Moreover, scratching has transcended hip-hop. You can hear its influence in rock and electronic dance music genres. It’s a testament to the versatility and appeal of this unique musical technique.
The Future of Scratching
With the rise of digital technology, some purists feared that the art of scratching would fade away. However, the opposite has happened. Digital turntables and software have made scratching more accessible to a new generation of DJs. While the tools might have evolved, the spirit and passion for scratching remain as strong as ever.
How to Scratch?
To scratch, you will need two turntables and a DJ mixer. You will also need a pair of headphones to cue up the next song while scratching.
- To start scratching, place the stylus on the record and then move the record back and forth under the stylus.
- Experiment with different speeds and pressures to create different sounds.
- You can also use the crossfader on the DJ mixer to fade between two different records while scratching.
- Once you have mastered the basic scratching techniques, you can develop your style and create unique scratches.
There are many different scratching techniques and combinations, so there is no limit to what you can create.
Tips for Scratching
Here are a few tips for scratching:
- Use a direct drive turntable. Direct-drive turntables have more torque, which makes it easier to scratch.
- Use a good-quality stylus. A good quality stylus will reduce record wear and improve sound quality.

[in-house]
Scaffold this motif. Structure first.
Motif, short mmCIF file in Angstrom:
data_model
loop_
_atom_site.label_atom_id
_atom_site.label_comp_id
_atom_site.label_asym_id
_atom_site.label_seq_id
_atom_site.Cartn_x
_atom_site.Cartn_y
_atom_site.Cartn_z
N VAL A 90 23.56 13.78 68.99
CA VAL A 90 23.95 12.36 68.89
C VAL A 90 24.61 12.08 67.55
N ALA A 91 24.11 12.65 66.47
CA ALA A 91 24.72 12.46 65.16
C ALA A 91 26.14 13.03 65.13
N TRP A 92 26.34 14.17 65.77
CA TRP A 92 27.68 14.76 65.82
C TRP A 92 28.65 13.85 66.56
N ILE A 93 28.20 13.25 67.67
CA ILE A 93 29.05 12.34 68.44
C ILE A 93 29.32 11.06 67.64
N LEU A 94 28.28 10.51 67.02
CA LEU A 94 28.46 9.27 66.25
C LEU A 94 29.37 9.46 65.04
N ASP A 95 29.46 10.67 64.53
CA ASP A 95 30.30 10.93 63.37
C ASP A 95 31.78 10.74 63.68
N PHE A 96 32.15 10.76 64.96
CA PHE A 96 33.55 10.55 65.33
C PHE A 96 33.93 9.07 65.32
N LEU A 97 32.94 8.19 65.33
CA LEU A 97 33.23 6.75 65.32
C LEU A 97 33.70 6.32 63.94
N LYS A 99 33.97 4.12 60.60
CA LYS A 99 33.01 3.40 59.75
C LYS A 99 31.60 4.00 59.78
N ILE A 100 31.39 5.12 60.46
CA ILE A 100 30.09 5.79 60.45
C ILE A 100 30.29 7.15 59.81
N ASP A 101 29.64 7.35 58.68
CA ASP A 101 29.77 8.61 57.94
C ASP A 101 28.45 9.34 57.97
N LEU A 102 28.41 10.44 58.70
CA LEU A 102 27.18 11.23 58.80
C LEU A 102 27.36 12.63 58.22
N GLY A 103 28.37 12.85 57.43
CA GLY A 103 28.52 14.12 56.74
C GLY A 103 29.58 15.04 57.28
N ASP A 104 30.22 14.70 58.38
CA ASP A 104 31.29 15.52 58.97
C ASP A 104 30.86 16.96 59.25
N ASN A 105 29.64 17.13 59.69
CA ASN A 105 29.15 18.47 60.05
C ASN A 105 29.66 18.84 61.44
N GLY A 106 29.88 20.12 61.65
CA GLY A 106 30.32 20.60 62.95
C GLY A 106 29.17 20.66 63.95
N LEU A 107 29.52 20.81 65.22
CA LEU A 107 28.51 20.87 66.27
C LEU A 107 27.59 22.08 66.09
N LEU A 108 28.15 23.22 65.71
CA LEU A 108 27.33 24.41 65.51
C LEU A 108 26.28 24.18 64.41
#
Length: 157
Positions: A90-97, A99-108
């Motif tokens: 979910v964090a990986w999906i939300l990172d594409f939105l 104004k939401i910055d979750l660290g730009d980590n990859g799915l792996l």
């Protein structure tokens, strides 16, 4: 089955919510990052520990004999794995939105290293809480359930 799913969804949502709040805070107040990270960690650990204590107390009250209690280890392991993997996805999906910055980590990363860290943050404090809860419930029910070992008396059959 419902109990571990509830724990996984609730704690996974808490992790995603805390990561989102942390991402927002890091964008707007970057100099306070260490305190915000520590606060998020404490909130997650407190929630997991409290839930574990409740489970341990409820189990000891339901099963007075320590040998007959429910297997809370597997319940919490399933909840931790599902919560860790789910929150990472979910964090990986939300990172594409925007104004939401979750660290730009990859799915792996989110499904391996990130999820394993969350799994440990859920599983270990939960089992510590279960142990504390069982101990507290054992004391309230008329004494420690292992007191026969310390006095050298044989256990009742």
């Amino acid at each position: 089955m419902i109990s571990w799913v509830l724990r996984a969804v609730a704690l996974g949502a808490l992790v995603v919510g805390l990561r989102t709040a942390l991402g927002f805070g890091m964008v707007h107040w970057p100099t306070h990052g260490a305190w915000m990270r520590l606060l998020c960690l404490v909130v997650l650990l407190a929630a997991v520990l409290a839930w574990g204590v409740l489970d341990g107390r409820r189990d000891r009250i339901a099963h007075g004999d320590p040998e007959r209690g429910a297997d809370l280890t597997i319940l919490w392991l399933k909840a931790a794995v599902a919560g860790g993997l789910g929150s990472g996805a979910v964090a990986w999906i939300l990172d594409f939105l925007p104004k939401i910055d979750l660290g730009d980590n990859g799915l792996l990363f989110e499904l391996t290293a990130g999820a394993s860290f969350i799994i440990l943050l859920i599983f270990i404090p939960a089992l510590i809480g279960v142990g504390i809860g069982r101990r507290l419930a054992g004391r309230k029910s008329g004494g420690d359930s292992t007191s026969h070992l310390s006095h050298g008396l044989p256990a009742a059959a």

- Practice regularly. The more you practice, the better you will become at scratching.
- Be creative. Experiment with different techniques and combinations to create your unique scratches.
Scratching as an Art Form
Scratching has evolved into an art form in its own right. There are many scratch competitions held around the world, and there are also many scratch DJs who tour and perform independently.
Scratching is a challenging but rewarding technique that can be used to create various unique and exciting sounds. If you want to learn how to scratch, many resources are available online and in libraries. You can also find scratch lessons from experienced DJs.
Scratching in Different Genres
Scratching is most commonly associated with hip-hop music but has also been used in other genres such as rap rock, rap metal, and nu-metal.
In rap rock, scratching is often used to add a more aggressive sound to the music. In rap metal, scratching is often used to create a more chaotic and industrial sound. In nu metal, scratching is often used to create a more experimental and eclectic sound.
Scratching has also been used in other genres of music, such as electronica, dancehall, and reggae. However, it is most commonly associated with hip-hop music.
Scratching is more than just a sound; it’s a movement, a culture, and a form of expression. From the streets of the Bronx to the biggest stages in the world, the art of scratching has left an indelible mark on the world of music. Whether you’re a seasoned DJ or just a fan, there’s no denying the power and allure of that distinctive scratch sound.
So, the next time you’re at a party and hear that familiar “wikki-wikki” sound, take a moment to appreciate the skill, history, and culture behind it. Happy scratching!